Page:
Header file won't have padding / alignment info. That would be a compiler
setting on the C side that is using the header. So the programmer needs to
setup C compiler in a way that is compatible with the go compiler. How
would he know how to set it up? Do we just assume defaults are the same
between Go and C?
Typical alignment options are listed for various data types here:
On Mon, Sep 19, 2016 at 7:58 AM, Ian Lance Taylor <i...@golang.org> wrote:
> On Sun, Sep 18, 2016 at 11:10 PM, <dem...@gmail.com> wrote:
> > Is there any update to alignment/padding for structs now that we can
> > .so files that can be called by C programs? We would have to know it to
> > the C compiler what to expect from go side imho.
> When you use //export with cmd/cgo you will get a header file that
> your C code can #include. See
> https://golang.org/cmd/cgo/#hdr-C_references_to_Go .
> > On Thursday, April 5, 2012 at 9:10:48 PM UTC-7, Kyle Lemons wrote:
> >> On Thu, Apr 5, 2012 at 7:11 AM, LRN <lrn...@gmail.com> wrote:
> >>> Related question:
> >>> If alignment and padding is platform dependent, how do you write and
> >>> structs to/from a socket?
> >> The solution is to not write platform dependent code. The related topic
> >> of byte ordering and platform independence is covered in this blog post.
> >> The gob package (incidentally, if I'm not mistaken, also written by the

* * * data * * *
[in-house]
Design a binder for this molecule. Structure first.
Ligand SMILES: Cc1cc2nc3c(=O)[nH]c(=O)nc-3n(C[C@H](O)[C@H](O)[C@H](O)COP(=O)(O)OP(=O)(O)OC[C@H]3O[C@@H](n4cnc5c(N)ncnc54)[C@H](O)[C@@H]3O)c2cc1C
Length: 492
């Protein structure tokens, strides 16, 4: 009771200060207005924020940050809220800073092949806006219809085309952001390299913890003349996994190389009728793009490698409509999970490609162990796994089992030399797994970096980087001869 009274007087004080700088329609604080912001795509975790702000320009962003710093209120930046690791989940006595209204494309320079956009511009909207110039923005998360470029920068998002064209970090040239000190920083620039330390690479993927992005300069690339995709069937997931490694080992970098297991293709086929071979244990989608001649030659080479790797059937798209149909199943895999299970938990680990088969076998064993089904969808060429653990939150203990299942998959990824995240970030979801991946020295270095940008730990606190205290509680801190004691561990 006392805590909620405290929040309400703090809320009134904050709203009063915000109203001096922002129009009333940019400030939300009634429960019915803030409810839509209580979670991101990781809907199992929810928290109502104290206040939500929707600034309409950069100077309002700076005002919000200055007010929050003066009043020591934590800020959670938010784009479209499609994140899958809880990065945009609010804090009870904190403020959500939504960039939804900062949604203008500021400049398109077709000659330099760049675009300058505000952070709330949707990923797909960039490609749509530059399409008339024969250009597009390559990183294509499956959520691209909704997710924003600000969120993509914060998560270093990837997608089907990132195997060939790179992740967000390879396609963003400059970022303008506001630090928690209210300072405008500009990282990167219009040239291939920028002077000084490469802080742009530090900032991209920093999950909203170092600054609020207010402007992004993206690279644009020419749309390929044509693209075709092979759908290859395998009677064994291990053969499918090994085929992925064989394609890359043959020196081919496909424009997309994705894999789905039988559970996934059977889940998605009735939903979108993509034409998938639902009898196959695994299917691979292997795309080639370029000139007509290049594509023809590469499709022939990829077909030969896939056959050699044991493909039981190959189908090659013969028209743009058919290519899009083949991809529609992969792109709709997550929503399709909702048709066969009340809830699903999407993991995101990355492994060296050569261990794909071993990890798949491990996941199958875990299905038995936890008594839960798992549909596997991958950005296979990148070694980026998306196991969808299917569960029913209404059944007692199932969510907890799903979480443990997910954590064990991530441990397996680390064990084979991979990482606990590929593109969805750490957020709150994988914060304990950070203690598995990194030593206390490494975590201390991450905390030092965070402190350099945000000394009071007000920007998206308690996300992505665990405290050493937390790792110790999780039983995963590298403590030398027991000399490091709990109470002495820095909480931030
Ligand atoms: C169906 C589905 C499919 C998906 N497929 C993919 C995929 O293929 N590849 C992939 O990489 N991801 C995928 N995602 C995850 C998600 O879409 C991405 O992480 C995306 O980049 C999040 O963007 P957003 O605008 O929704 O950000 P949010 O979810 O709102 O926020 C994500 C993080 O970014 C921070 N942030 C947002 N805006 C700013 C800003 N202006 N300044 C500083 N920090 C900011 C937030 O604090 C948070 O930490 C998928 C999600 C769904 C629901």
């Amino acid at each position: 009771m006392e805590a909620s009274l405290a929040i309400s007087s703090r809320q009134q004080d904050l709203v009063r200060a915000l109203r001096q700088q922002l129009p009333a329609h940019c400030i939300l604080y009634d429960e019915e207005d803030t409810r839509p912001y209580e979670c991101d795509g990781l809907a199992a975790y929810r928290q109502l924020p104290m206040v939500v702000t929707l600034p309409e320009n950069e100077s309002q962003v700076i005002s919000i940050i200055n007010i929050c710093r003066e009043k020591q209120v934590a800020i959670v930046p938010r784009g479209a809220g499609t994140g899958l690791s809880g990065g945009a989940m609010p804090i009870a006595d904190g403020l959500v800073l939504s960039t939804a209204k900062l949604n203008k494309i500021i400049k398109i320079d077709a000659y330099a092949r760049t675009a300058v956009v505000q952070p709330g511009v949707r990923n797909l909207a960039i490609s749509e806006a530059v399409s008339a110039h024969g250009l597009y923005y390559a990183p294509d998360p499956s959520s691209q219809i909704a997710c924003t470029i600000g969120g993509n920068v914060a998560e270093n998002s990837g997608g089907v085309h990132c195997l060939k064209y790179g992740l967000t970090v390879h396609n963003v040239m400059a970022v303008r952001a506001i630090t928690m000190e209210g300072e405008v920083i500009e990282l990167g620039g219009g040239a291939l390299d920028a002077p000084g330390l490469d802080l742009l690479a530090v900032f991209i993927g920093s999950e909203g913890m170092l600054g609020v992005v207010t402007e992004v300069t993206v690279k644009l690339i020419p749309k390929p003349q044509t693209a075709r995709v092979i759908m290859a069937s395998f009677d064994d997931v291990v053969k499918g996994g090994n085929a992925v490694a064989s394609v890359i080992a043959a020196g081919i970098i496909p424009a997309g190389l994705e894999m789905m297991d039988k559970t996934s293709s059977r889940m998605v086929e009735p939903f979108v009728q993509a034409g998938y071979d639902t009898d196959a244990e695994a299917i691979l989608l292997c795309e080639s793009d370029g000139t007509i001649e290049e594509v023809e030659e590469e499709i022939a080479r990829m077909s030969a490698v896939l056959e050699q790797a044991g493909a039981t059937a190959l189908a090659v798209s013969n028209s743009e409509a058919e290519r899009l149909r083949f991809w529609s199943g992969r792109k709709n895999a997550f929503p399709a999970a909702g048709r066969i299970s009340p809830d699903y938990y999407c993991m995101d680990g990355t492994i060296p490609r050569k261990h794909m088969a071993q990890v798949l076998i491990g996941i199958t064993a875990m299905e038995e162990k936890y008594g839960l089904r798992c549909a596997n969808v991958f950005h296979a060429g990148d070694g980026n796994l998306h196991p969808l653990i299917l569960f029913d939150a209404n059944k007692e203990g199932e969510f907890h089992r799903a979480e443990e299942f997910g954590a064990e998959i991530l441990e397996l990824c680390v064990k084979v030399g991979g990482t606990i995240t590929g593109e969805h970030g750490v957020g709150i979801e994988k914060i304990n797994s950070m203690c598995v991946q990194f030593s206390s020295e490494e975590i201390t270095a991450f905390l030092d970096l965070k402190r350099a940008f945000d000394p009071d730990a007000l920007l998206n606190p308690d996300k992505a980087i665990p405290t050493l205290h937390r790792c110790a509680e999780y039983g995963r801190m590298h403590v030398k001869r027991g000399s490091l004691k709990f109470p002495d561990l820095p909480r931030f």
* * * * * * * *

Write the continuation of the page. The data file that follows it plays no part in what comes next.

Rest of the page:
> >> author of that blog post), is a performant binary encoding scheme that
> >> work from and to any platform that supports go.
> >>> For example, in C it is not uncommon to declare a struct, initialize
> >>> fields with values (converted to big-endian format), then write it
> into a
> >>> socket in one call.
> >>> The receiver will, again, read the struct from a socket in one call,
> >>> will do big-endian-to-native format conversion on each field where it
> >>> applicable - and will get the same struct the sender had.
> >>> This only works when definitions of the struct on both the sender and
> >>> receiver are aligned in the same way (usually - 1-byte aligned).
> >>> I've encountered this problem recently, which is why i'm asking.
> >>> Also, MSVC uses a padding algorithm different from the one gcc has,
> >>> is why there's a -mms-bitfields option in gcc. It forces gcc to use
> >>> MSVC-style padding, which is required if the caller wants to pass
> >>> structs to W32 API.
> >>> How will that work in Go? (h-m-m-m...i can probably infer that from W32
> >>> port of Go by reading its source code...)
> > --
> > You received this message because you are subscribed to the Google Groups
> > "golang-nuts" group.
> > To unsubscribe from this group and stop receiving emails from it, send an
> > email to golang-nuts+unsubscr...@googlegroups.com.
> > For more options, visit https://groups.google.com/d/optout.
You received this message because you are subscribed to the Google Groups
To unsubscribe from this group and stop receiving emails from it, send an email
For more options, visit https://groups.google.com/d/optout.